A research problem is a specific issue or gap in existing knowledge that you aim to address in your research. You may choose to look for practical problems aimed at contributing to change, or theoretical problems aimed at expanding knowledge.
Some research will do both of these things, but usually the research problem focuses on one or the other. The type of research problem you choose depends on your broad topic of interest and the type of research you think will fit best.
The research question is one of the most important parts of your research paper, thesis or dissertation. It’s important to spend some time assessing and refining your question before you get started.
The exact form of your question will depend on a few things, such as the length of your project, the type of research you’re conducting, the topic, and the research problem. However, all research questions should be focused, specific, and relevant to a timely social or scholarly issue.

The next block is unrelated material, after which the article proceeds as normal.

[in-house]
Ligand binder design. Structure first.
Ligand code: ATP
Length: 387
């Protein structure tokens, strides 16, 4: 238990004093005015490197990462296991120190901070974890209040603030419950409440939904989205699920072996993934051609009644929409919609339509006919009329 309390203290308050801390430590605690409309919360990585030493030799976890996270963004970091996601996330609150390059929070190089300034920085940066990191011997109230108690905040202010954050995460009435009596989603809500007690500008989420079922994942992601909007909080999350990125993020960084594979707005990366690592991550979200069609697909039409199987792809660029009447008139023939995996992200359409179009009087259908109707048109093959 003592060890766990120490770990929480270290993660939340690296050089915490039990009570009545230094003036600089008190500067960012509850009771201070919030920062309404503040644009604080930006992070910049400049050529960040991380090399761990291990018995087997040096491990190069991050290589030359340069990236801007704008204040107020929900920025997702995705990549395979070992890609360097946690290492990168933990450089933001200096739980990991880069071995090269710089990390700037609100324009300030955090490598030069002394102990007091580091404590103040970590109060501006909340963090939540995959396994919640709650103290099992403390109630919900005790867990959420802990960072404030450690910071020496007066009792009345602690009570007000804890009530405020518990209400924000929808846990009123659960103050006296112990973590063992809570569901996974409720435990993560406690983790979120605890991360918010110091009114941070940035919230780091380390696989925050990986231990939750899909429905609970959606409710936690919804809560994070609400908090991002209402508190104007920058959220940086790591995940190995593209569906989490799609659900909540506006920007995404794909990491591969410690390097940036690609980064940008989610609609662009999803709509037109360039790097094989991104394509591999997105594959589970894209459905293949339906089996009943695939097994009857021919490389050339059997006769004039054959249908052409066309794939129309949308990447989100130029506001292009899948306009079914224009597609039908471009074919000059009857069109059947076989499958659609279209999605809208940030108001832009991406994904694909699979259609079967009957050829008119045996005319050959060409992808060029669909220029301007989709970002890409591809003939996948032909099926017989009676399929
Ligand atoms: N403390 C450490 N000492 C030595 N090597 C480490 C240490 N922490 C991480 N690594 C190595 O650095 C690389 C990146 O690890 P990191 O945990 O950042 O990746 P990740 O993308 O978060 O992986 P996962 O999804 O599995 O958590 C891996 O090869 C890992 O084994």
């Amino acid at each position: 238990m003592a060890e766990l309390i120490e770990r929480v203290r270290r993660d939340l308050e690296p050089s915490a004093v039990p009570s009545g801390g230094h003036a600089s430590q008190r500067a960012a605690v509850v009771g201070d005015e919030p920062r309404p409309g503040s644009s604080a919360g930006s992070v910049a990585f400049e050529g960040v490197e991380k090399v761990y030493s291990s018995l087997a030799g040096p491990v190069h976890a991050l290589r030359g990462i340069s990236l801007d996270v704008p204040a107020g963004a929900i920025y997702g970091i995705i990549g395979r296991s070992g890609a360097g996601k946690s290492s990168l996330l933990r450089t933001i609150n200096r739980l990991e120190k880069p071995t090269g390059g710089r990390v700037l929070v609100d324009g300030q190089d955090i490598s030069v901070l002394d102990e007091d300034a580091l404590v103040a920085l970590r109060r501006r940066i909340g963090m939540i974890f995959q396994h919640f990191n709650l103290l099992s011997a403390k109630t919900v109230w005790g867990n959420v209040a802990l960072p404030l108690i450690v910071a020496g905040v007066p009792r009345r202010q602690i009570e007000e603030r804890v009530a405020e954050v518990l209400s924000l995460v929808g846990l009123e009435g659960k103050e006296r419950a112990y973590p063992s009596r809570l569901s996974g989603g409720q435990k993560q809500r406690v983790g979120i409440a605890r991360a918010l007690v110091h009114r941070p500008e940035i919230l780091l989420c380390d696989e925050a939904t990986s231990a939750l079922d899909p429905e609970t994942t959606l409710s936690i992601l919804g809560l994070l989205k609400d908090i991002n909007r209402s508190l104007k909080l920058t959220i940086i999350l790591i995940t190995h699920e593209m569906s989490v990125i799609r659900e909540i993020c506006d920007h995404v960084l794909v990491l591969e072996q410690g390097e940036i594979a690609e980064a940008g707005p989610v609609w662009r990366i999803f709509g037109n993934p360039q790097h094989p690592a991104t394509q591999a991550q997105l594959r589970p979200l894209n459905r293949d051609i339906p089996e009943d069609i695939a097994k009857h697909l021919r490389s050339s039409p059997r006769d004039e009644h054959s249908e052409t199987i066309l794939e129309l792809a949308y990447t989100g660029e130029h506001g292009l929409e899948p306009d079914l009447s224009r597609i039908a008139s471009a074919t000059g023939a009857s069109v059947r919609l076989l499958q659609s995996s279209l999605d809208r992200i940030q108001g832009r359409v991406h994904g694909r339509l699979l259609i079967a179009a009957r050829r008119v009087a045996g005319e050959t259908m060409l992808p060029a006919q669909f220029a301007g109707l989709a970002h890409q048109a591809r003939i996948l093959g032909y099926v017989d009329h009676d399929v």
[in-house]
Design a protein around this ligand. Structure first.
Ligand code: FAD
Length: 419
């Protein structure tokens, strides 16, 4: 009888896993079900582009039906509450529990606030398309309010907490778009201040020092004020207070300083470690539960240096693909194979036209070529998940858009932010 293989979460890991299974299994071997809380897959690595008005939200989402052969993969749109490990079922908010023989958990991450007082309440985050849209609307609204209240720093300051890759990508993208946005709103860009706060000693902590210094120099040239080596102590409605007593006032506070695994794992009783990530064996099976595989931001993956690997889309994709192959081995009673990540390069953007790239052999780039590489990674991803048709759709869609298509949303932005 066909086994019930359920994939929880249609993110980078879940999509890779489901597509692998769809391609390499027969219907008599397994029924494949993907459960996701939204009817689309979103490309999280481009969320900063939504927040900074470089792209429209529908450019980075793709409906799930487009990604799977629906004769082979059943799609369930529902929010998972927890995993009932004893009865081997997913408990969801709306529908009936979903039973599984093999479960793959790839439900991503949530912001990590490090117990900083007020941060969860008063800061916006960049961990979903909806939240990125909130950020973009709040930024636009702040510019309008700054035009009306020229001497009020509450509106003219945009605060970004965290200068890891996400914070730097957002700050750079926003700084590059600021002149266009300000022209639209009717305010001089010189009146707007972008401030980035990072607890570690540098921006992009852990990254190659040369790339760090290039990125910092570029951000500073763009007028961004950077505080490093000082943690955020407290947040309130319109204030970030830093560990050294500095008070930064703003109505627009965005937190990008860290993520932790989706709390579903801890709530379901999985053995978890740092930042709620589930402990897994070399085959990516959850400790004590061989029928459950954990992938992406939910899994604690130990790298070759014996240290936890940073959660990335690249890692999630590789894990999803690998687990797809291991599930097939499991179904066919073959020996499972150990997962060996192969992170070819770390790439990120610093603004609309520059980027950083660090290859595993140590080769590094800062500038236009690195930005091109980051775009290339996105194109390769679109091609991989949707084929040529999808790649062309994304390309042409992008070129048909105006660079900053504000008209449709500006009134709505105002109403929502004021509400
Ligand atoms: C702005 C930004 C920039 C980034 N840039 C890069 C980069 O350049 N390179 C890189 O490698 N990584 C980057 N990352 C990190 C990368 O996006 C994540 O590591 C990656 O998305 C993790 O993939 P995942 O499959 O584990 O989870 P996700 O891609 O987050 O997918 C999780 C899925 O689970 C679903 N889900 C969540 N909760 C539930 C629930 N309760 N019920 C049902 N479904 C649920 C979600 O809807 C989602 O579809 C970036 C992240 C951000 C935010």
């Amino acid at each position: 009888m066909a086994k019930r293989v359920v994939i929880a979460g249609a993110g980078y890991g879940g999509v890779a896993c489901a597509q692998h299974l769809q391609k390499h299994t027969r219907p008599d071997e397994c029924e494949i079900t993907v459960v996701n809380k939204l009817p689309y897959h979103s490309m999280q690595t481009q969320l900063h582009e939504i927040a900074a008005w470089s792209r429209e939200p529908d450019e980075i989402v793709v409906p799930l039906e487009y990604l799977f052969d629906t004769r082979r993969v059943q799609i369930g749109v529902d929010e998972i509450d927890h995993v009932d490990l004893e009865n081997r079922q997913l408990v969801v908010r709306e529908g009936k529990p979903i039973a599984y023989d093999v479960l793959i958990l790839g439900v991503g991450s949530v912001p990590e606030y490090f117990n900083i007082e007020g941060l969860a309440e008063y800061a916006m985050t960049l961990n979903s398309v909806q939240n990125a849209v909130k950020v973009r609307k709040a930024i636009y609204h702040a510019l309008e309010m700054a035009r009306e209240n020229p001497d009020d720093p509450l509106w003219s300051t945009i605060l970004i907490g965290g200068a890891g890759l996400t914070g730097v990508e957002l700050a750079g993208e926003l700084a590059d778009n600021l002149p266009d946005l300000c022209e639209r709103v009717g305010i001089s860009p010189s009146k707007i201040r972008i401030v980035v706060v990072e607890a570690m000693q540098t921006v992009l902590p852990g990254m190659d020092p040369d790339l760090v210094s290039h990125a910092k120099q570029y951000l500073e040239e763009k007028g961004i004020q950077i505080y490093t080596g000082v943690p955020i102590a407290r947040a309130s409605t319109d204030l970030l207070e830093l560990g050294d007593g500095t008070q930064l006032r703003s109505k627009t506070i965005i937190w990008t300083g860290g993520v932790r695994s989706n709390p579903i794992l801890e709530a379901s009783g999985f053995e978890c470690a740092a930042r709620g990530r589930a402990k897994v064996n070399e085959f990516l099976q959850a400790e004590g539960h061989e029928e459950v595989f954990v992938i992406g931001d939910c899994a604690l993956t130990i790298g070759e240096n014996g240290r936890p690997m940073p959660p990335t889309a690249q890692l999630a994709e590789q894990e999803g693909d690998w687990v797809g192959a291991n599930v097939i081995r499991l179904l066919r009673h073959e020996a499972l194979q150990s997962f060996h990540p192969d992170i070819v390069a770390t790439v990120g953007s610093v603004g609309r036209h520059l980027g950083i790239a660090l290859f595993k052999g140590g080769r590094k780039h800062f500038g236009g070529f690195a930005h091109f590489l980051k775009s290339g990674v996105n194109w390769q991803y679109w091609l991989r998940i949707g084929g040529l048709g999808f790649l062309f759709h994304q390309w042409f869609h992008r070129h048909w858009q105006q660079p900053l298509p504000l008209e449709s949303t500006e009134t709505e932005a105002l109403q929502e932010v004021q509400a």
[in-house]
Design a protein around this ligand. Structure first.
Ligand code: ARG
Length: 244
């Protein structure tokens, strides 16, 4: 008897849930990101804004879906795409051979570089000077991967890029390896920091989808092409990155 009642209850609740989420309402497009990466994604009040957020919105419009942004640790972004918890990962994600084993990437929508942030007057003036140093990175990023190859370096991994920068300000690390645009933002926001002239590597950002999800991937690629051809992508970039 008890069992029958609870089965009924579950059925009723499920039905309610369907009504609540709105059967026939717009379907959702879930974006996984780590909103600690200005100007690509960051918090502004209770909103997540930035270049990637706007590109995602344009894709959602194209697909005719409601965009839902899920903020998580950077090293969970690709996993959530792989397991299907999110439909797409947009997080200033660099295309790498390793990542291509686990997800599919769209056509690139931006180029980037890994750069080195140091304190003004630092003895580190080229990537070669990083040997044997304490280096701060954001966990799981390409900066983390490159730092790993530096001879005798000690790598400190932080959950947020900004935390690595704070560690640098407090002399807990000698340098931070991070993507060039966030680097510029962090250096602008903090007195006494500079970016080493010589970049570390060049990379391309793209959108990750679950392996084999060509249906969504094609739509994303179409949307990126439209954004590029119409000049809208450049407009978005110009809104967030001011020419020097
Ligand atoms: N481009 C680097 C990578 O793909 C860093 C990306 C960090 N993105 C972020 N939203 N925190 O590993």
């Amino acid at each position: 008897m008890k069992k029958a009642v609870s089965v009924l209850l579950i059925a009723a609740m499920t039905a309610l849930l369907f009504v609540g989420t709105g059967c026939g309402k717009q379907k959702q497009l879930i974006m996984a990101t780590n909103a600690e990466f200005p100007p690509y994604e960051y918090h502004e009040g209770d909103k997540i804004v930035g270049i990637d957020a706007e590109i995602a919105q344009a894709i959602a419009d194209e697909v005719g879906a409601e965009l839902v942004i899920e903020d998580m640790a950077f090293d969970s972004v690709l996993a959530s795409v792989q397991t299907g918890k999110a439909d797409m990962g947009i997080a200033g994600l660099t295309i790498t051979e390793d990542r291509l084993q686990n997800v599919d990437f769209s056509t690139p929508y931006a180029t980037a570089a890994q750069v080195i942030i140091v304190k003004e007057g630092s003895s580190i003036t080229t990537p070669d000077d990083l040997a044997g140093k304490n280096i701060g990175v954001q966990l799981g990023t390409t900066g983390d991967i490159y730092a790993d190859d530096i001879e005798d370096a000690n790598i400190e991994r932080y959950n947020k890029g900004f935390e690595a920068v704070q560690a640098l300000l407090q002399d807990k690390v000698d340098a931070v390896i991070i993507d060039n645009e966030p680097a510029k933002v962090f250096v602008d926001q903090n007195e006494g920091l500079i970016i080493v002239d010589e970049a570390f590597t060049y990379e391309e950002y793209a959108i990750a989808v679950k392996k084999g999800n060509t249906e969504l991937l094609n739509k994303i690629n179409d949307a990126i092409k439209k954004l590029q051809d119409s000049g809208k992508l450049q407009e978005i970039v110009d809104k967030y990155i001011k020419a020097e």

Feasible to answer within the timeframe and practical constraints
Specific enough to answer thoroughly
Complex enough to develop the answer over the space of a paper or thesis
Relevant to your field of study and/or society more broadly
You will usually write a single research question to guide your progress in a research paper or academic essay. Your answer then forms your thesis statement—the central assertion or position that your paper will argue for.
While the sections may vary, the overall objective is always the same. A research proposal serves as a blueprint and guide for your research plan, helping you get organized and feel confident in the path forward you choose to take.
A hypothesis is a statement that can be tested by scientific research. If you want to test a relationship between two or more variables, you need to write hypotheses before you start your experiment or data collection.
Daily apple consumption leads to fewer doctor’s visits.